Call for Catalytic Questions
There is an urgency to increase the relevance and timeliness of research to address society’s biggest problems. Researchers and funders need to respond to these challenges. We are issuing a Call for Catalytic Questions to accelerate a forward-looking research agenda for where the field of population health intervention research (PHIR) needs to go next. The questions will be discussed and finalized at the Summit on Thursday, April 28 to ignite the pursuit of future research and inform future research funding priorities in Canada or internationally. The final questions are expected to be included in dissemination products arising from the summit that will be distributed to researchers, decision-makers and research funders.
Deadline for questions is Monday, February 29, 2016.
What is a Catalytic Question?
Catalytic questions are designed to disrupt or transform current thinking and spur innovation. By using questions as catalysts to stimulate solutions, questions should be forward-looking, challenge and creatively address widely held assumptions. Such questions should not be about more of the same; questions should go beyond the status quo and ultimately lead to better solutions to solve problems.
When suggesting a Catalytic Question, consider:
- Actions that can be taken or discontinued to improve health and health equity at a population level;
- Potential impact on the health of Canadians and/or global populations;
- Full scope of population health intervention research – from how we frame problems and solutions to the theories and methods we use to study them; and/or,
- Potential implications for future research, policy and/or practice efforts.
Whether you are a researcher, policy maker, practitioner or citizen from Canada or beyond, we invite you to submit your top priority questions. Questions can address one or more of the six summit themes or other knowledge gap.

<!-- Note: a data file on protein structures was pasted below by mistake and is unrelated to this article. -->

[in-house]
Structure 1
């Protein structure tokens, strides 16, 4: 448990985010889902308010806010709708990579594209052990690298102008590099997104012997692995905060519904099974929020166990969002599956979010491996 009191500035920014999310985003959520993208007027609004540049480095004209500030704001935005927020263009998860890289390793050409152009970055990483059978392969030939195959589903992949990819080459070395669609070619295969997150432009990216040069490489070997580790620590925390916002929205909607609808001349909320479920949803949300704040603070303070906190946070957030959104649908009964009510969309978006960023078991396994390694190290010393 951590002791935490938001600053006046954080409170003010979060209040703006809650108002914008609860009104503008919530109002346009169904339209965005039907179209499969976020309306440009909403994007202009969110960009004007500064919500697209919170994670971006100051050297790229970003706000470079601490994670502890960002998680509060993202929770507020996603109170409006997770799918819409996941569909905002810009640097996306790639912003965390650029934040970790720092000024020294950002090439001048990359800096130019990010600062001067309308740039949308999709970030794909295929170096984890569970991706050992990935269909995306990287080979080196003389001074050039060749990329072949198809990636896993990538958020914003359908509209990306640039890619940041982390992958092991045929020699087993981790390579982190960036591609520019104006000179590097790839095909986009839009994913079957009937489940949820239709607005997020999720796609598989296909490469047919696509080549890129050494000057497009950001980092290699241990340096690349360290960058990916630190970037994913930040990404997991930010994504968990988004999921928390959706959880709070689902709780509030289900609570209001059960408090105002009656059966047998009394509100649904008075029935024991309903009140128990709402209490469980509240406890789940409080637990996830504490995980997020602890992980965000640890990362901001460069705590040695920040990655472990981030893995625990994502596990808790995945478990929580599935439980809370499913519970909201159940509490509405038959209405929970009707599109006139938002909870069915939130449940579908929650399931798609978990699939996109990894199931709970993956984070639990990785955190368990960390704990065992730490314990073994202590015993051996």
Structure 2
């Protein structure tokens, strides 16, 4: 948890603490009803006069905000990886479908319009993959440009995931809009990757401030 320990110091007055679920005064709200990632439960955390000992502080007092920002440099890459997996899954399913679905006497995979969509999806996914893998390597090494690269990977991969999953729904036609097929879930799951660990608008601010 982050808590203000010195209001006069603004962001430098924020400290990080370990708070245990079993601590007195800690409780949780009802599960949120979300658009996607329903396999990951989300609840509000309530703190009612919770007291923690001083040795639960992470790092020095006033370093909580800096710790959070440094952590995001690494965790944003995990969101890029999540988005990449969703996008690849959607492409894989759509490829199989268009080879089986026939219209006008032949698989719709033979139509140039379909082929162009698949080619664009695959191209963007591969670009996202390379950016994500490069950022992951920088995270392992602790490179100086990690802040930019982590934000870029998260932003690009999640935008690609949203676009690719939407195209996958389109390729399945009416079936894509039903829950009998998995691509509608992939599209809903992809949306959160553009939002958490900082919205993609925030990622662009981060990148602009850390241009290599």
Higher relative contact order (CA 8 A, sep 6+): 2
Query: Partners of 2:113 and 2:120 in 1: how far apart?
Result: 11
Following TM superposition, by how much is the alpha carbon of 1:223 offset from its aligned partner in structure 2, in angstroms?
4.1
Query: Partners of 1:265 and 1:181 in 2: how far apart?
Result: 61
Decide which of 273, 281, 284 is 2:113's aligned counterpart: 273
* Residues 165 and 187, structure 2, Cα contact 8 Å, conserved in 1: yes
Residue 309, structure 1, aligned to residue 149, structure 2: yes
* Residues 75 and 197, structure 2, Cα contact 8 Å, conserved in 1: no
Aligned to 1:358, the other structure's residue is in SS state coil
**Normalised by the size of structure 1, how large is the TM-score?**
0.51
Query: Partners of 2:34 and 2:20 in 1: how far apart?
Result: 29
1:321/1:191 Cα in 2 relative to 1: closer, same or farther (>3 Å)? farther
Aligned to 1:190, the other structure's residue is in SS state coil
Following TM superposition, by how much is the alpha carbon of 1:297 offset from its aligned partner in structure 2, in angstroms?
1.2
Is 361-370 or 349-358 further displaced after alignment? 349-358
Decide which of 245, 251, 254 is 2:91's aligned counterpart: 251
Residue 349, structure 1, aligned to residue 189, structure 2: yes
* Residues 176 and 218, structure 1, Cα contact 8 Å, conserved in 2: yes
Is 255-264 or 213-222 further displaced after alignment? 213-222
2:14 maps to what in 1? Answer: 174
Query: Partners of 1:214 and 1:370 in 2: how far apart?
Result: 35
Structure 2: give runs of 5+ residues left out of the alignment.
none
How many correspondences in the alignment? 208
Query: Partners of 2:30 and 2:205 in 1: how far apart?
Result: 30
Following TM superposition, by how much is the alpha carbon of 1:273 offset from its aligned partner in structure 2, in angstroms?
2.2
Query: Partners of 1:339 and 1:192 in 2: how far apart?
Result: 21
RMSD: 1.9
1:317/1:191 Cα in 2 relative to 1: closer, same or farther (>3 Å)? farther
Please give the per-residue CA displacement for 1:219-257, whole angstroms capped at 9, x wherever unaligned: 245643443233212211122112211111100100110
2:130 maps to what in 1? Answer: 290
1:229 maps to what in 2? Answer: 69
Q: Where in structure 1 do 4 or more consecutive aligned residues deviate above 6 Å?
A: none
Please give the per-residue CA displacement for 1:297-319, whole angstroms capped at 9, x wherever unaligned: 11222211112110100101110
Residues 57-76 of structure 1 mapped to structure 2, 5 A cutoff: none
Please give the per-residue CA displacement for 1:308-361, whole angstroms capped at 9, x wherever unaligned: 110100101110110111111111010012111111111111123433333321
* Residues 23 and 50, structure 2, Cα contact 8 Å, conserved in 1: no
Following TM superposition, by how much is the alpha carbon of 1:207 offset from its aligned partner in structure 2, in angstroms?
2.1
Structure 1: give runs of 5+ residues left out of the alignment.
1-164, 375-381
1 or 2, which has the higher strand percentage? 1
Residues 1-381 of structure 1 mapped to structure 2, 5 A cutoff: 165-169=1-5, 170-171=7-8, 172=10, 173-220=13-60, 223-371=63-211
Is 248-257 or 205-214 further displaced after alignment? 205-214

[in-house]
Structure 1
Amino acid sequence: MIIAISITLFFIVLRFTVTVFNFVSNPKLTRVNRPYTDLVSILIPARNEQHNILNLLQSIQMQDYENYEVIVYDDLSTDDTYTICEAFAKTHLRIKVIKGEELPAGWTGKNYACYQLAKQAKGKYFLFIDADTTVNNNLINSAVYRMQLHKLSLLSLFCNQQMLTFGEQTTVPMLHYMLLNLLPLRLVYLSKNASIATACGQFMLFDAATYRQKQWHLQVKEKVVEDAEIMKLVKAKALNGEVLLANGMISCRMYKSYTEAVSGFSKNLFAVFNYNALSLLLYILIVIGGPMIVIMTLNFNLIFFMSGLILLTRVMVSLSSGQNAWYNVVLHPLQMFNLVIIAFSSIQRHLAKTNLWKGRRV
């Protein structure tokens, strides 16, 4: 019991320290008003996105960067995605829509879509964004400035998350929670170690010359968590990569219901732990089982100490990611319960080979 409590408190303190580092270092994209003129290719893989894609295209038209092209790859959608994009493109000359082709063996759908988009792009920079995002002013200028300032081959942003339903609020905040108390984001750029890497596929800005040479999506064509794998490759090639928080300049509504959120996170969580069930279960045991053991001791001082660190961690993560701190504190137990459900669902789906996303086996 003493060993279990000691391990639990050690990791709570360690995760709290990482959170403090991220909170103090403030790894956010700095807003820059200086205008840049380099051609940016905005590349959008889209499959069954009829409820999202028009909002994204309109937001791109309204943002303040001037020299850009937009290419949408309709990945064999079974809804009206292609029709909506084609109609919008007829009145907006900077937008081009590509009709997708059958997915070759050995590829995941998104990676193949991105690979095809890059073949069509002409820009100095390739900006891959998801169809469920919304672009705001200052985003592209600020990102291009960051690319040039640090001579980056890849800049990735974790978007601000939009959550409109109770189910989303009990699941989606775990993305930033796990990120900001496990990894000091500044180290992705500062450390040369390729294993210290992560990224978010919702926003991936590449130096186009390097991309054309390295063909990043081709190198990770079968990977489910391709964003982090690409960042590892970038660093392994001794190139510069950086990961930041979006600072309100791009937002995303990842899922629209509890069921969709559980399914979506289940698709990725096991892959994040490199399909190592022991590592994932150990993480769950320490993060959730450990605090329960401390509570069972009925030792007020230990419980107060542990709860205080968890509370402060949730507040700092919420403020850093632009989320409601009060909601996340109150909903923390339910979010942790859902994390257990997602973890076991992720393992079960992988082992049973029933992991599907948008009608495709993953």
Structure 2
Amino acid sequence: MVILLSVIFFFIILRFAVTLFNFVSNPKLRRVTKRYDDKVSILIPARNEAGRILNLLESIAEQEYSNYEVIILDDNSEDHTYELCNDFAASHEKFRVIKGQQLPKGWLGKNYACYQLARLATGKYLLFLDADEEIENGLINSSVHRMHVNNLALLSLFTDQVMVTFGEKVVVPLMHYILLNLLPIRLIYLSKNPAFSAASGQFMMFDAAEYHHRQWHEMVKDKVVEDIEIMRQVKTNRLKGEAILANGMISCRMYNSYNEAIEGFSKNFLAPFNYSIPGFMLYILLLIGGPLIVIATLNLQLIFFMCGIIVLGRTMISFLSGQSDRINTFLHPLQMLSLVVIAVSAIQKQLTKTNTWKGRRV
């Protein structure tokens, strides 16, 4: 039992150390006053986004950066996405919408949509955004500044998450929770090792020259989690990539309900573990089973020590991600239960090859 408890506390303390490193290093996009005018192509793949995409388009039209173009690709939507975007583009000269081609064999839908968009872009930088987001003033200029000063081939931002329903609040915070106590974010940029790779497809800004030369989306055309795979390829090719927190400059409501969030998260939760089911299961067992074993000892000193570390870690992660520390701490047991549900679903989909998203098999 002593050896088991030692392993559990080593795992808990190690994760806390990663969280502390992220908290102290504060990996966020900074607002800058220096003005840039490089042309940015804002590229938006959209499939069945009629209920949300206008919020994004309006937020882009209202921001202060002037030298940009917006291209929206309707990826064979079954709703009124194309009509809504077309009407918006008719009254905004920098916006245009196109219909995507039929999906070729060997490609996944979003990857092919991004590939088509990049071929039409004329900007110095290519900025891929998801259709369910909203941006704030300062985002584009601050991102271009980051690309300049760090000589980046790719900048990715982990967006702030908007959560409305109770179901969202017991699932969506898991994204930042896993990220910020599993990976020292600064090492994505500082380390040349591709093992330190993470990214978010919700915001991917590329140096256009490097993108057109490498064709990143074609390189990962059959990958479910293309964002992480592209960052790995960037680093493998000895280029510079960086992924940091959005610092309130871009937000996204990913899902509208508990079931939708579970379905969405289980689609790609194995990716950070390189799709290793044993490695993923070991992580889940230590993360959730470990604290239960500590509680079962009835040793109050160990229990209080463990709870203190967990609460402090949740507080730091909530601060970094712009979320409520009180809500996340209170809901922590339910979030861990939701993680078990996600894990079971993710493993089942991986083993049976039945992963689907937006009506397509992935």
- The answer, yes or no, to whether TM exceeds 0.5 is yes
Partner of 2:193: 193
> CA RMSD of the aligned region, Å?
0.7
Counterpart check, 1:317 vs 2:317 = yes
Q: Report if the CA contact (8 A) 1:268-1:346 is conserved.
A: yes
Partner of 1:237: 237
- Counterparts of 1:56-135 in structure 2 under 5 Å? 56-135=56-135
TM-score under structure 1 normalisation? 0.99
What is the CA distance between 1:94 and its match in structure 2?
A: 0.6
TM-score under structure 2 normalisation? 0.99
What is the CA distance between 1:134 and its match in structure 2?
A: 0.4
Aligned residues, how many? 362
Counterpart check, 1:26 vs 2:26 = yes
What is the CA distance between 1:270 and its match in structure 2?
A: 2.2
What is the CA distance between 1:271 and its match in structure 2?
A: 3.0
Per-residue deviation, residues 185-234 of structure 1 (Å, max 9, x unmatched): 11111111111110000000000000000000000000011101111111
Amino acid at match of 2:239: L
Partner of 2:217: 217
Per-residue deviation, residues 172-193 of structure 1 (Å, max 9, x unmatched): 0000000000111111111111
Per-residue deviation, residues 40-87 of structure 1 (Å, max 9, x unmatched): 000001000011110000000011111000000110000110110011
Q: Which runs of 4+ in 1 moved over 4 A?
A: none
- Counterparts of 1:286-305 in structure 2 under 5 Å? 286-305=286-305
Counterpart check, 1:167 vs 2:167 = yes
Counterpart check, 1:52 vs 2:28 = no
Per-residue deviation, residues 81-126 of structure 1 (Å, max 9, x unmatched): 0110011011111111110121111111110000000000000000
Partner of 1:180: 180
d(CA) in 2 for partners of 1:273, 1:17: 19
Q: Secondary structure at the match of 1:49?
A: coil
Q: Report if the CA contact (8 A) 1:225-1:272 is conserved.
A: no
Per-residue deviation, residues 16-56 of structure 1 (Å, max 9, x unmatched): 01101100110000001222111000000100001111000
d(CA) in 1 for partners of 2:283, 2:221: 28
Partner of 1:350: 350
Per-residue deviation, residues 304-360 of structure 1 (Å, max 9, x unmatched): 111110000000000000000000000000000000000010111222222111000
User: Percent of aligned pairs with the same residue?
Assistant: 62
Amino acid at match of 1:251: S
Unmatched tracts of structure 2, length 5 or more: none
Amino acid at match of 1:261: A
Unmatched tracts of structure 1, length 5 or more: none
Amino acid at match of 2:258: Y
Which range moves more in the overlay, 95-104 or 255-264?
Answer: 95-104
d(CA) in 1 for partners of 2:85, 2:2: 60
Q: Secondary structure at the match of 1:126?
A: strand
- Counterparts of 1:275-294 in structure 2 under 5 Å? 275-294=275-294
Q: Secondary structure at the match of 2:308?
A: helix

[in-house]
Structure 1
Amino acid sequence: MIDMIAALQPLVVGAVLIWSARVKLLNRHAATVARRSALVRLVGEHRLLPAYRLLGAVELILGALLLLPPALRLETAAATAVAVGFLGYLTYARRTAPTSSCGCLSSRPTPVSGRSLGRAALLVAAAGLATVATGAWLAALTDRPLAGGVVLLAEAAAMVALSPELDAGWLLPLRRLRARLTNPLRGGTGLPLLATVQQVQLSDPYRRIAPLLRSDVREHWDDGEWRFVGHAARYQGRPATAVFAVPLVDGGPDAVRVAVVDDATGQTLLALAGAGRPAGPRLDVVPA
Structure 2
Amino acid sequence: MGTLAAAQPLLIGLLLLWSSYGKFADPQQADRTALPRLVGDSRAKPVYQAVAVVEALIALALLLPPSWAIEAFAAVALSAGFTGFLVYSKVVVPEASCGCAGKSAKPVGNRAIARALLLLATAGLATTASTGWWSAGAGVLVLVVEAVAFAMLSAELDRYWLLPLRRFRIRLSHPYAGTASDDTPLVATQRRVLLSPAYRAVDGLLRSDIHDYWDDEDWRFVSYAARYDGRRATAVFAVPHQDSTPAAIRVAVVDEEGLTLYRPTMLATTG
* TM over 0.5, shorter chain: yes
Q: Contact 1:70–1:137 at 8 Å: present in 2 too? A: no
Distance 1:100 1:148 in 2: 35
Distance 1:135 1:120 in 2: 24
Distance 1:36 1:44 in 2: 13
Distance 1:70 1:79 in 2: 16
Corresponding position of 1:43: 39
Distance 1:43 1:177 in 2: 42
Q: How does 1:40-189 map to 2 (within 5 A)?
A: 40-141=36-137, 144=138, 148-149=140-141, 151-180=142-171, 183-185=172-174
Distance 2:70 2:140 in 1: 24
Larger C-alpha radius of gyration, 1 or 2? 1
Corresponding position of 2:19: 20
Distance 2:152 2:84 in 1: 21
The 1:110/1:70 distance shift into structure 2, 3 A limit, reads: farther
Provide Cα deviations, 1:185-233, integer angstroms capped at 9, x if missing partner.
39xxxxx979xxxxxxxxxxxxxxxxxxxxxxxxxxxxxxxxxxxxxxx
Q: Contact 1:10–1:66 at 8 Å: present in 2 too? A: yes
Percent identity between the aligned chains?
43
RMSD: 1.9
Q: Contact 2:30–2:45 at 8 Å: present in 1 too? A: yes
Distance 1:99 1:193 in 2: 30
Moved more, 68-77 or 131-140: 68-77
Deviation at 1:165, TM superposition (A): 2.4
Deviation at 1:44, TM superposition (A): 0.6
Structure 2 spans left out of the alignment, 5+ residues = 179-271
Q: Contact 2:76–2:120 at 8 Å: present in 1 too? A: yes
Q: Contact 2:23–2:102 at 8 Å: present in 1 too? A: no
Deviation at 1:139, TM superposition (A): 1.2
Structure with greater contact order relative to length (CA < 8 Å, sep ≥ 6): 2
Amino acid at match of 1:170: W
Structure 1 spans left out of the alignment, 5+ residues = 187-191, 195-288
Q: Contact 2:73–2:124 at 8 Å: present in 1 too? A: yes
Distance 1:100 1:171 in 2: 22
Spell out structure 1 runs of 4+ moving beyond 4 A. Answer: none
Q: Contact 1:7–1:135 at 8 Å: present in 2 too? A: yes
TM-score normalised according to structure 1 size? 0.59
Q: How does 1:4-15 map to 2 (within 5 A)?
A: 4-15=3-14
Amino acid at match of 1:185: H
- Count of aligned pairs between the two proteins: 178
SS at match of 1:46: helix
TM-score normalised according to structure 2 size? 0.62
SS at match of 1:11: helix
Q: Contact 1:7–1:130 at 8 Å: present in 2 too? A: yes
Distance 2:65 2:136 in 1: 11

Policy makers are concerned about the renewal and sustainability of our health care system. Population health research can be a source of evidence on cost-effective, innovative and equitable solutions to prevent disease and disability. But we need to compare the benefits and costs of upstream versus downstream interventions in order to answer the question: Is an ounce of prevention really worth a pound of cure?
Moving beyond health sector solutions
How can we optimally align and combine interventions from public health and other sectors to improve population health, and what role should the health sector play in intersectoral action?
We are facing a new era of health challenges that can’t be solved one person, one sector, or one intervention at a time. A growing burden of chronic disease and environmental degradation are examples of problems that require concerted action beyond the health sector (e.g. transportation policies to reduce injuries and increase physical activity; quality early childhood education for healthy development). We need to move beyond the rhetoric of calls for intersectoral action to answer the question: How can we optimally align and combine interventions from public health and other sectors to improve population health, and what role should the health sector play in intersectoral action?
Beyond “nannies” and “nudging”
How can the case be made that improving population health requires action ’upstream’?